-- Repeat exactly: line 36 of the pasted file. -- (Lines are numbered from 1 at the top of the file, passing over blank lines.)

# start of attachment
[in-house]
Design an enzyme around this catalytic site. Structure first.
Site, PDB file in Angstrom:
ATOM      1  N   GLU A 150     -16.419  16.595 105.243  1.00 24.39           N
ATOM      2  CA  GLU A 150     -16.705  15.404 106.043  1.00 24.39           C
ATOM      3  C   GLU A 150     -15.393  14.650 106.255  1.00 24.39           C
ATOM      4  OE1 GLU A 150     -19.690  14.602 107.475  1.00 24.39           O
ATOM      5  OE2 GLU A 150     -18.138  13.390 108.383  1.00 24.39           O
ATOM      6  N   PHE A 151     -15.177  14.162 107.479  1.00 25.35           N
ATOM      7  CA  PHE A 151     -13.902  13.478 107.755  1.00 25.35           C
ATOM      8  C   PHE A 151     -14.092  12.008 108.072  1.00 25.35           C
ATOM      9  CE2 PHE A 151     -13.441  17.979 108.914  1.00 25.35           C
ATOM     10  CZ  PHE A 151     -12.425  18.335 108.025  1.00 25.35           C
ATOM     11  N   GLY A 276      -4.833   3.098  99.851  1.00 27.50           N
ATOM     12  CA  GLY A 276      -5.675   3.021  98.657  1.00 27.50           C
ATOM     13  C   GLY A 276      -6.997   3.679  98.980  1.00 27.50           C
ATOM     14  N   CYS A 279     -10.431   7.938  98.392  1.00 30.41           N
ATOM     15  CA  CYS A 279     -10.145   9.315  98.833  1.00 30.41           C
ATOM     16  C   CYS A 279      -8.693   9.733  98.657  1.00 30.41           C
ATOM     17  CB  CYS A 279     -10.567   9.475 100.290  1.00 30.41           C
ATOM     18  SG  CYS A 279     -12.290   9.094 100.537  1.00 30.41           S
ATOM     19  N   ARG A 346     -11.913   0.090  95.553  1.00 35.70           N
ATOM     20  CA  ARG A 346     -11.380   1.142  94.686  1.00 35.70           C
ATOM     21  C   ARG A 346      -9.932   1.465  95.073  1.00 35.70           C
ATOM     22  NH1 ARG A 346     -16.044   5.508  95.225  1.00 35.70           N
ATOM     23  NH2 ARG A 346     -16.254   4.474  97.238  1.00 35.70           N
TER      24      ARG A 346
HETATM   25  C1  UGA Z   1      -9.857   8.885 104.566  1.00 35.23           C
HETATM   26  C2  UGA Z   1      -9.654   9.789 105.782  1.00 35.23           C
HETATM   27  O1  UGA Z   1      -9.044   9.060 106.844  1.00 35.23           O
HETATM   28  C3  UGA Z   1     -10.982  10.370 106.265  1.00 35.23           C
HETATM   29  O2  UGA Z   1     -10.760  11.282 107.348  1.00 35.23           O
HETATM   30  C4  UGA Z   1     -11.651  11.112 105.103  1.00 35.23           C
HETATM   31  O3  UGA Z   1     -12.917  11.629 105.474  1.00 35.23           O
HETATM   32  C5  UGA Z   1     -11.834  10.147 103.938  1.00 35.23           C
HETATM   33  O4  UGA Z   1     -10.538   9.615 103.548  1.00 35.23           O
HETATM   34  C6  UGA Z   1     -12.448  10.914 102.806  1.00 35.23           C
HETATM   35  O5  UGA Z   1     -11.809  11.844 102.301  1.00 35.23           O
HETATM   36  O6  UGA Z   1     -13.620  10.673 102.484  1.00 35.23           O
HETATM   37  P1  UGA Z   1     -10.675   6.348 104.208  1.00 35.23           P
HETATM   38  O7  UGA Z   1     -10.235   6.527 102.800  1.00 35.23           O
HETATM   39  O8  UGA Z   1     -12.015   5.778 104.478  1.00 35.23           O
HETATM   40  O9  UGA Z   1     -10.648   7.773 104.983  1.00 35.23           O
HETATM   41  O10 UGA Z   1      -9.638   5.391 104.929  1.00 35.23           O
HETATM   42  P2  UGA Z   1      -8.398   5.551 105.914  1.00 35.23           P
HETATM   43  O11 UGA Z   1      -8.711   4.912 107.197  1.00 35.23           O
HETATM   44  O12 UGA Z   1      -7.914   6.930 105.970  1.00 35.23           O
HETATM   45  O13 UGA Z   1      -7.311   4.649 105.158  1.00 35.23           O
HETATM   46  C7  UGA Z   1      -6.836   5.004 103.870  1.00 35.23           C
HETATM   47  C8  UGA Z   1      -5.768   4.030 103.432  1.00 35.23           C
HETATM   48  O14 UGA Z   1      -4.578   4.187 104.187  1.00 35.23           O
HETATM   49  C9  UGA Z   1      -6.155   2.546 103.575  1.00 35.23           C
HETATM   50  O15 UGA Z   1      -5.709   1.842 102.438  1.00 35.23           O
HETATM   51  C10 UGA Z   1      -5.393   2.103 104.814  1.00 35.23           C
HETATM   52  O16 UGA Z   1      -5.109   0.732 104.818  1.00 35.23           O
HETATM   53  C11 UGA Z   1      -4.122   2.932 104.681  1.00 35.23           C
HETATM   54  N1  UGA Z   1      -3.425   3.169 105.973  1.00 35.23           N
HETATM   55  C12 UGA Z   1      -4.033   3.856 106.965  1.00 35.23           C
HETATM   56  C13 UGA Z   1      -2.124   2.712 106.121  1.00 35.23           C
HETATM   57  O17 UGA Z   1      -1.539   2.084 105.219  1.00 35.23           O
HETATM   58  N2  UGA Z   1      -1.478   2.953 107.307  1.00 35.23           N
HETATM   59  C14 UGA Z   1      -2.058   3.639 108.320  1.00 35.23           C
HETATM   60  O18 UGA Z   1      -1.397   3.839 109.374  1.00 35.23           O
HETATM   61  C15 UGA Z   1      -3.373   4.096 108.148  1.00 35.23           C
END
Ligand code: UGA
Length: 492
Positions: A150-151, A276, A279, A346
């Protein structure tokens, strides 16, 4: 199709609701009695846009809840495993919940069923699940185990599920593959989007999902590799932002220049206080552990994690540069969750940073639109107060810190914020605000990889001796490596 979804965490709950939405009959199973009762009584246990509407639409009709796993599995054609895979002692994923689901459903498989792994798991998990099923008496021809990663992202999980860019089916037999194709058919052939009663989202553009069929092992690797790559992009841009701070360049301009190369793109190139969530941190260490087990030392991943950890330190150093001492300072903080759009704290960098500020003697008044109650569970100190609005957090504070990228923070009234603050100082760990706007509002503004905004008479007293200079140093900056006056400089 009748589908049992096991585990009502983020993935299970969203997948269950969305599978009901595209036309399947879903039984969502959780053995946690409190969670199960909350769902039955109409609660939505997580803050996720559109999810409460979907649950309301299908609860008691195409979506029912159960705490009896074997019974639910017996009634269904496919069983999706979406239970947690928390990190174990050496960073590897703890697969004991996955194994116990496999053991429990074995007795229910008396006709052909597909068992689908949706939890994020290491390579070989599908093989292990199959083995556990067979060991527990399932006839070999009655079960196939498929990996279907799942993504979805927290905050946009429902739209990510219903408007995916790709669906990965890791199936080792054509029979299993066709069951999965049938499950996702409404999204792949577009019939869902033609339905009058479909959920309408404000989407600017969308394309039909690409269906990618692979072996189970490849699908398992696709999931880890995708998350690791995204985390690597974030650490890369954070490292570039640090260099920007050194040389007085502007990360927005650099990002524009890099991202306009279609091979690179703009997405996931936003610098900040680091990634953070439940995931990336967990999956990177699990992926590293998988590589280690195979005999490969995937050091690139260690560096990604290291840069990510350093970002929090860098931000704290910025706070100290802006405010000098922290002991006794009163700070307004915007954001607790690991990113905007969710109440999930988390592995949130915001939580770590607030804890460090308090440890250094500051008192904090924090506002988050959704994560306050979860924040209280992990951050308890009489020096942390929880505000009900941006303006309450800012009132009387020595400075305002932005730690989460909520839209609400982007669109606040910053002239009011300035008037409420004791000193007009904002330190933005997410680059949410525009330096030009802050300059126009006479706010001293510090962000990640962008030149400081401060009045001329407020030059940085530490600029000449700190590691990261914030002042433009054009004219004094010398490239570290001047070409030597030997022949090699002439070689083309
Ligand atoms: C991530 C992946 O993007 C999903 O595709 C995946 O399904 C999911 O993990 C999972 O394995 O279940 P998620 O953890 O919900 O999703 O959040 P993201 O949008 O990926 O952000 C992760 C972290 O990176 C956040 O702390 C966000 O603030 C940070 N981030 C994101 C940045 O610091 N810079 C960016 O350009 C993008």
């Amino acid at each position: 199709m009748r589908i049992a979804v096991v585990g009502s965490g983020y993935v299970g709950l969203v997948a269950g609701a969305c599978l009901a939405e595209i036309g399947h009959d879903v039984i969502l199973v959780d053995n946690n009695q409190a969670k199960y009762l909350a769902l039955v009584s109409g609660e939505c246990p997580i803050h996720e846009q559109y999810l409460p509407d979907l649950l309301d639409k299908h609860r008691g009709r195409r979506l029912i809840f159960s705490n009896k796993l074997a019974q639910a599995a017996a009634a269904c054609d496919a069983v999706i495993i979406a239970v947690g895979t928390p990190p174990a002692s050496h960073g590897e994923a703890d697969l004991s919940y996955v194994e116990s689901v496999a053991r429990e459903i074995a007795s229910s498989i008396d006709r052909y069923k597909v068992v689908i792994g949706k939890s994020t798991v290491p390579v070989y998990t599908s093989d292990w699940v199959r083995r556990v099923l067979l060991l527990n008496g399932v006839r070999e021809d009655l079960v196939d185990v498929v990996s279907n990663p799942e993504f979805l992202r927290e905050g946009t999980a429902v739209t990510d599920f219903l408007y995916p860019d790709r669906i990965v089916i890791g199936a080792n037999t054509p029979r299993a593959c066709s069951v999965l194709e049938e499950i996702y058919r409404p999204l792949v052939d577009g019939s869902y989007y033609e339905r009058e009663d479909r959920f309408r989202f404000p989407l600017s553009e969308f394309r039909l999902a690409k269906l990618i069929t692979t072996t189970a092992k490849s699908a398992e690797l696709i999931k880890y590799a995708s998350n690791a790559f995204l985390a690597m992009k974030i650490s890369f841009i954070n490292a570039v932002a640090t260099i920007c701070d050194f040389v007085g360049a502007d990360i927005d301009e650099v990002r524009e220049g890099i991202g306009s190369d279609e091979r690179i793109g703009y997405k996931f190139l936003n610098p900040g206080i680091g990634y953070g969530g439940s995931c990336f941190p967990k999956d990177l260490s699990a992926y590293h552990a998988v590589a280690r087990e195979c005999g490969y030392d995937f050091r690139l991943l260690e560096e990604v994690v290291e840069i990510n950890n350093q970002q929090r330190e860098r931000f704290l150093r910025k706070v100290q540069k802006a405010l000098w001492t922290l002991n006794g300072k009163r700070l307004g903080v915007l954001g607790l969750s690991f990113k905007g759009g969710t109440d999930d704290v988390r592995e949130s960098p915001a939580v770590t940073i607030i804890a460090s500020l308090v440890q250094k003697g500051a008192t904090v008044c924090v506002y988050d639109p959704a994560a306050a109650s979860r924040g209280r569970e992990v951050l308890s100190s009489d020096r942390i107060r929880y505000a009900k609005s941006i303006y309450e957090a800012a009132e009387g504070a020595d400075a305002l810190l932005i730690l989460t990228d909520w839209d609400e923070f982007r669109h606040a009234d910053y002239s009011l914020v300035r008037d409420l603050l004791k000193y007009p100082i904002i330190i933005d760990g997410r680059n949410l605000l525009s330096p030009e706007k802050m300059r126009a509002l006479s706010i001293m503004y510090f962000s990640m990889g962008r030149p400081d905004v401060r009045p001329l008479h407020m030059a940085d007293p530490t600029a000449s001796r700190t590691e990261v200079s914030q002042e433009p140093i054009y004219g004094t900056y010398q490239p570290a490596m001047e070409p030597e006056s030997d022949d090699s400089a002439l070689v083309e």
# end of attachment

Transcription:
HETATM   33  O4  UGA Z   1     -10.538   9.615 103.548  1.00 35.23           O